What is the most surprising part of the work that you do?
There are two things--
1) The ability of people to grow when it's least expected. This includes staff and students. When things start to “click”, it's rewarding.
2) How much fun I get to have at my job. We (and I) believe that fun, enjoyment - even celebration - are important parts to being a healthy human - youth or adult. While we are serious about structure and hard work, we also consciously make time for fun and creativity to take center stage.
What types of students do you work with? What are the rule outs for enrolling?
Like most wilderness therapy programs, safety is our top priority. At InnerRoads, we go deeper into the wilderness than most programs and thus take some extra precautions. This includes our high staff-student ratio, intensive backcountry training for our staff, and two way satellite communications. Because we are further out in the wilderness, we screen out any serious run threats or suicidal behaviors, like all wilderness therapy programs.
Our top three diagnoses tend to be depression, anxiety, and PTSD. The majority of students come to us disengaged: with their families, schools, friends, and selves. They have struggled to be successful in their home environments, often have low self esteem and an overall inability to cope. Parents are deeply concerned about their teenagers and at a loss at what to do.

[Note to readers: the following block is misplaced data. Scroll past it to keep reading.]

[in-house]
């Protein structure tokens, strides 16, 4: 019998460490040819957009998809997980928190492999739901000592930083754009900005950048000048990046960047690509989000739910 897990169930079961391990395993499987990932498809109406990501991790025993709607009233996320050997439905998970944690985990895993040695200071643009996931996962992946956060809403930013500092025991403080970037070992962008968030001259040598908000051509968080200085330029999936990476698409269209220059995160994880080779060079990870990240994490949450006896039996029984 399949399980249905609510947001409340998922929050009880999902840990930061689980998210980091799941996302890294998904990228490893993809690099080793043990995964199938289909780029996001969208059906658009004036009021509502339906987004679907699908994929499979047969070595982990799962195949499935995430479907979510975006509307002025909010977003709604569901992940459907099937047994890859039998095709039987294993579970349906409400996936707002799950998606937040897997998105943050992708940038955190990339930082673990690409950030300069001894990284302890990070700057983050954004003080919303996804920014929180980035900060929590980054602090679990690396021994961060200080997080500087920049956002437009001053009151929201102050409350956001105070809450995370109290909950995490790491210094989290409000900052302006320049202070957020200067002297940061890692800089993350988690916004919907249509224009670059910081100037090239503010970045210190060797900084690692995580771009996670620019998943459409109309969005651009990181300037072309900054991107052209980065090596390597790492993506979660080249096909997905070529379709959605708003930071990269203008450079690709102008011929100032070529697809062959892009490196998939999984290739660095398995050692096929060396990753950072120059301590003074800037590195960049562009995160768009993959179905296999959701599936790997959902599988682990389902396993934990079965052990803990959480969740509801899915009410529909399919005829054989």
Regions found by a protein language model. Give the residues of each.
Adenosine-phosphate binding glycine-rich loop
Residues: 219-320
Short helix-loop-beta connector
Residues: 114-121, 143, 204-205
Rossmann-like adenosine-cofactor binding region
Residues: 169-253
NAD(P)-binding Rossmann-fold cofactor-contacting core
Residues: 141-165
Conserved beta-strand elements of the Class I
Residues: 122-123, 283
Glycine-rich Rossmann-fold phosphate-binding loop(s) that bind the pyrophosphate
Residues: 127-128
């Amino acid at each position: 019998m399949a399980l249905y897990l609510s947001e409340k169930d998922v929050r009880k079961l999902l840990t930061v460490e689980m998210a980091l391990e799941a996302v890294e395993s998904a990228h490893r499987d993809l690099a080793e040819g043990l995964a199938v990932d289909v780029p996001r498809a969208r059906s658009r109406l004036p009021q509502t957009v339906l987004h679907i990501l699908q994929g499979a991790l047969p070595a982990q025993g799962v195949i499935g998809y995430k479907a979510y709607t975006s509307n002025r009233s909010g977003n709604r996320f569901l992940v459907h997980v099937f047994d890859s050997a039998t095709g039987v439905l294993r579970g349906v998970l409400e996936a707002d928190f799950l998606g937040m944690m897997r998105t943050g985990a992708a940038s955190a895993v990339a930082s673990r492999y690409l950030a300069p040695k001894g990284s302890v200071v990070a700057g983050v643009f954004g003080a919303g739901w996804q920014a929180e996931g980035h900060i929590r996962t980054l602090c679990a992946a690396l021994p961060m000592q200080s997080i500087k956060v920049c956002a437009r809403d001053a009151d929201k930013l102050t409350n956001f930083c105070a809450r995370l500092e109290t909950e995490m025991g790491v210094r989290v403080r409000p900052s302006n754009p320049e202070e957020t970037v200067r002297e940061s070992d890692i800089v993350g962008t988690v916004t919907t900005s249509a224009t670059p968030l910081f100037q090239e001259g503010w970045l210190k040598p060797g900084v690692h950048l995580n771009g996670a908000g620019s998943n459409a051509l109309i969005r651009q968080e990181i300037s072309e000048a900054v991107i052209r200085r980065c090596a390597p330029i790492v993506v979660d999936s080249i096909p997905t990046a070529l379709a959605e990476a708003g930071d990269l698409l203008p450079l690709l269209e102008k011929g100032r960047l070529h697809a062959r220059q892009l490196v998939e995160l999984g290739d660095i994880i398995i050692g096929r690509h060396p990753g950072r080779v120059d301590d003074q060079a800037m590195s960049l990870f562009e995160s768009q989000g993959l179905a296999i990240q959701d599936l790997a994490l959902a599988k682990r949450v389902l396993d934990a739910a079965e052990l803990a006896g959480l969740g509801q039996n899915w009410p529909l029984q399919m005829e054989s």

How can a family get in touch with you? What months do you operate?
Families can directly call or email me or our Program Manager, Katharine Sampson. We are both always happy to assist families and family supports (case managers, therapists, consultant or interventionists) in brainstorming how and what supports to utilize for improving their lives. Ideally, we also will start building motivation with the youth as soon possible.
Please find out more specifics at http://youthhomesmt.org/innerroads/contact-us/
We fundraise most of the student’s expense during the winter months, we can operate spectacular wilderness expeditions in Montana’s Spring, Summer and Fall months., We accept students ages 13-17 for programs running April-October.
What should referring professionals (interventionists, placement professionals, or consultants) know before referring?
Flexibility is the name of the game at InnerRoads. We will think outside the box to build funding and supports for families choosing to invest in the intervention. Just give us a call!